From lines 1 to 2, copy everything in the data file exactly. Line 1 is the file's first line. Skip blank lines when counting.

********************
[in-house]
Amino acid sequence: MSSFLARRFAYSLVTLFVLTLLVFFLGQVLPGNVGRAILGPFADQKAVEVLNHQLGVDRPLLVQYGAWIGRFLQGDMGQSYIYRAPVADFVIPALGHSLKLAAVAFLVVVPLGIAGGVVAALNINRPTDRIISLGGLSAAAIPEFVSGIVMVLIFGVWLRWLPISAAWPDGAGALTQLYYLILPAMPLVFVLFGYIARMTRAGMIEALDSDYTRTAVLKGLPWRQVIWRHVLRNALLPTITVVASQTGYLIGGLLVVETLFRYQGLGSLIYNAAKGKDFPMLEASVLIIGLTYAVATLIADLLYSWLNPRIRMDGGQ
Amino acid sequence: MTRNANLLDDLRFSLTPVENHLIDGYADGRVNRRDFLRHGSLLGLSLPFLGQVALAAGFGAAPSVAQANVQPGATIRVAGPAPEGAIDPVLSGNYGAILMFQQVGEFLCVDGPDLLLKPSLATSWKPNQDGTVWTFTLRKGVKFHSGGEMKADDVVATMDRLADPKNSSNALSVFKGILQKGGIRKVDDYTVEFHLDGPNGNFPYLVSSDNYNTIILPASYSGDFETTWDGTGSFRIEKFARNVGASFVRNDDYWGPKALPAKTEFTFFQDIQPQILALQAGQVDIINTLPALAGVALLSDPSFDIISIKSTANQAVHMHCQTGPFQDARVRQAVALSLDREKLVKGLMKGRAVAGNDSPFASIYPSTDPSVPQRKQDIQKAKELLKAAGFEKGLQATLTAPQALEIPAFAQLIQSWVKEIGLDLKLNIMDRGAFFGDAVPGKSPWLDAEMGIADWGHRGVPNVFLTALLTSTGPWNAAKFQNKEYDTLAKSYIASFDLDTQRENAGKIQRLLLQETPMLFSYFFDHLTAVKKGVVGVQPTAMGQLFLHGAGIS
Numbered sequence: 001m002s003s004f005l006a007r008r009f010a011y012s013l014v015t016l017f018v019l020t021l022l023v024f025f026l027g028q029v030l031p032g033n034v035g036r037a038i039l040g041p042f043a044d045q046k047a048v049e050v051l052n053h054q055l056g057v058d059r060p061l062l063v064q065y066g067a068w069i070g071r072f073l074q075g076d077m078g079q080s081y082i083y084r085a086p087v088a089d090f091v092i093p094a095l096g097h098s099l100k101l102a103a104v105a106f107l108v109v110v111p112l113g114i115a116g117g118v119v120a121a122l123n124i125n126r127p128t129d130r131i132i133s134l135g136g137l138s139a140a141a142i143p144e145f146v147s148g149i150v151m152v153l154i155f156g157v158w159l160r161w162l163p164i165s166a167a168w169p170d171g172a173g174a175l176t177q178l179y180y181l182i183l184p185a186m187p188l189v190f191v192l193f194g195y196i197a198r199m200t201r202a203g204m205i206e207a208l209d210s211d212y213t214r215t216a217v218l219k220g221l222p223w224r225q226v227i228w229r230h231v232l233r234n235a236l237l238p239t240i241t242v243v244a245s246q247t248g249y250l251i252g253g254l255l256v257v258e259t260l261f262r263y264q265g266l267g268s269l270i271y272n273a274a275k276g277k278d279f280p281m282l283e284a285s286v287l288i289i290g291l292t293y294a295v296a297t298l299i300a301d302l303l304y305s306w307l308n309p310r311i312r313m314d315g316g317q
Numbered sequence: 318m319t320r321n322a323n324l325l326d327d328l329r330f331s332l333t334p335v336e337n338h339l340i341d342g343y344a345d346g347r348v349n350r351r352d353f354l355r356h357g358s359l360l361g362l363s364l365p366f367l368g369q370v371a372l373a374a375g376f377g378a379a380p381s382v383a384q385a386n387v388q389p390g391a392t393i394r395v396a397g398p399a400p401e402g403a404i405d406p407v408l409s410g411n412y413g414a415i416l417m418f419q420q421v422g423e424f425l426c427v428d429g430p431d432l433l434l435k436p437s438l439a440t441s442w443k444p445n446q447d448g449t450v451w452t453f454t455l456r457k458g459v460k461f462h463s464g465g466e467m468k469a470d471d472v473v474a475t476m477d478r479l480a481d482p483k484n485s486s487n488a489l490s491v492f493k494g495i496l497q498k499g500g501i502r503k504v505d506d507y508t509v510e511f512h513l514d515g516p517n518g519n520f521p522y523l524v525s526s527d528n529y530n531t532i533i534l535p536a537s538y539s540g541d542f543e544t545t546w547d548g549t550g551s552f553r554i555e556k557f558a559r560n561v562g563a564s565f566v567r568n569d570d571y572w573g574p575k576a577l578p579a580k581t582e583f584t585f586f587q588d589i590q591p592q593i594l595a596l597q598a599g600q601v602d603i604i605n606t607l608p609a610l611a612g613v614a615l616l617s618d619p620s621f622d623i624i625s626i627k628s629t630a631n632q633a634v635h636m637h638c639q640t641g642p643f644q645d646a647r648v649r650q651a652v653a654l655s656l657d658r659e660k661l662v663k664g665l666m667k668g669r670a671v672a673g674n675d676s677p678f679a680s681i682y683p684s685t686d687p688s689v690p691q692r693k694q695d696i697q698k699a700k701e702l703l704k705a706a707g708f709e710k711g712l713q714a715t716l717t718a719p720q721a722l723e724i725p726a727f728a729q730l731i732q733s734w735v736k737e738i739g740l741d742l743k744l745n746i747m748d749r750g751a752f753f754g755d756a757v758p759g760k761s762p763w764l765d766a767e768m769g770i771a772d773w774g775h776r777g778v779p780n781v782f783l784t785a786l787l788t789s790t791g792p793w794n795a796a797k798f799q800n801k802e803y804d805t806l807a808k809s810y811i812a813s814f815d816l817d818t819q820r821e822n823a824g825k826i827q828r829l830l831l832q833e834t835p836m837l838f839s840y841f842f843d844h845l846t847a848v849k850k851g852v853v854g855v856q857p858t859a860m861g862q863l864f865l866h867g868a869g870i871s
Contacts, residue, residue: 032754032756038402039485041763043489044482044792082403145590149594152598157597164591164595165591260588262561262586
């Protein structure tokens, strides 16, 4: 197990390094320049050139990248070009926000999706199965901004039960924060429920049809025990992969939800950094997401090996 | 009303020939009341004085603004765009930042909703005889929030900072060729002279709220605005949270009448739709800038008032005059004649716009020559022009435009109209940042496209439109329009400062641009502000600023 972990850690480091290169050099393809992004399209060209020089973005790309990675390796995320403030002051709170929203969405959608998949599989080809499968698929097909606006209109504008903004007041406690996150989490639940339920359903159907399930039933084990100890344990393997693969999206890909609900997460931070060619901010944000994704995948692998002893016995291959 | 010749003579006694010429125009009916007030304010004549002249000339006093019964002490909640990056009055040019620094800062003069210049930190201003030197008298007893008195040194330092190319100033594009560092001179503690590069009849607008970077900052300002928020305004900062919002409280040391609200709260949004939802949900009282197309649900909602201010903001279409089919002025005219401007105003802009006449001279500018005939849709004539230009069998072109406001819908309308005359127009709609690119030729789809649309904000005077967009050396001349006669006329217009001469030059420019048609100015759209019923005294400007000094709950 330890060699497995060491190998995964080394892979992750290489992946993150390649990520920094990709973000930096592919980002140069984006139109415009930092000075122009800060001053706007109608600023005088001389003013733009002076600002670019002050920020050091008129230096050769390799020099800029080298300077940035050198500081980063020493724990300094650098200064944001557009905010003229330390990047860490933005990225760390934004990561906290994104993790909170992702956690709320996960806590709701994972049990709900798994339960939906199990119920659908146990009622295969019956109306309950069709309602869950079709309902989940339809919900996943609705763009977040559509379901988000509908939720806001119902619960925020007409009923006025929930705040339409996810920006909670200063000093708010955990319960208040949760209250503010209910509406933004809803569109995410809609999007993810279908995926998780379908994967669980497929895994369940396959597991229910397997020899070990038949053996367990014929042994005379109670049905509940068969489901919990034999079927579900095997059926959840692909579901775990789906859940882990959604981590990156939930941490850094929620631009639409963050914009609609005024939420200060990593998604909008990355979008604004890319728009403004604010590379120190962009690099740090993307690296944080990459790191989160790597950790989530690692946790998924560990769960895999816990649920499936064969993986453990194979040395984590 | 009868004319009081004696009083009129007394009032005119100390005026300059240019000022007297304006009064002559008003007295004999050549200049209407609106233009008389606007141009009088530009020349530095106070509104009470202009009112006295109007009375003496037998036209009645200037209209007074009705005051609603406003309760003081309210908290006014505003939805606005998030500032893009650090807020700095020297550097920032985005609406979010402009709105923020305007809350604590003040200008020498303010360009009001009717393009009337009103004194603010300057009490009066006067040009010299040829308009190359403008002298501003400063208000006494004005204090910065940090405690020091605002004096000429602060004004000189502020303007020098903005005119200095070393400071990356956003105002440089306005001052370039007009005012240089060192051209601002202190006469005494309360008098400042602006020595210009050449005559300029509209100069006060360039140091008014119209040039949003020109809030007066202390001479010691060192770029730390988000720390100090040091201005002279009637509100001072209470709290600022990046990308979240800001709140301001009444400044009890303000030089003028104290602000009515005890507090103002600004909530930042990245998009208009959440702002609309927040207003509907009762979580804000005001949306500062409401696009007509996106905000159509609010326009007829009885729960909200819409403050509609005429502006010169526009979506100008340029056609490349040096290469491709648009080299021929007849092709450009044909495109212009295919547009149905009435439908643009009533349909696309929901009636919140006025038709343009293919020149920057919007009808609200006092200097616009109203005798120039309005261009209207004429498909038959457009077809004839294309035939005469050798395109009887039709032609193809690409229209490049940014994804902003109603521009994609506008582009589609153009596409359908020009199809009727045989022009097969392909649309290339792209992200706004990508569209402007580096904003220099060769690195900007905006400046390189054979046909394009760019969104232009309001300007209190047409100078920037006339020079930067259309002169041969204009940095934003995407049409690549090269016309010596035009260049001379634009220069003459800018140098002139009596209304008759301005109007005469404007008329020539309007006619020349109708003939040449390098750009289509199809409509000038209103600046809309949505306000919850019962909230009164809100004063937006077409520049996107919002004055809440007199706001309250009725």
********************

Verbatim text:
[in-house]
Amino acid sequence: MSSFLARRFAYSLVTLFVLTLLVFFLGQVLPGNVGRAILGPFADQKAVEVLNHQLGVDRPLLVQYGAWIGRFLQGDMGQSYIYRAPVADFVIPALGHSLKLAAVAFLVVVPLGIAGGVVAALNINRPTDRIISLGGLSAAAIPEFVSGIVMVLIFGVWLRWLPISAAWPDGAGALTQLYYLILPAMPLVFVLFGYIARMTRAGMIEALDSDYTRTAVLKGLPWRQVIWRHVLRNALLPTITVVASQTGYLIGGLLVVETLFRYQGLGSLIYNAAKGKDFPMLEASVLIIGLTYAVATLIADLLYSWLNPRIRMDGGQ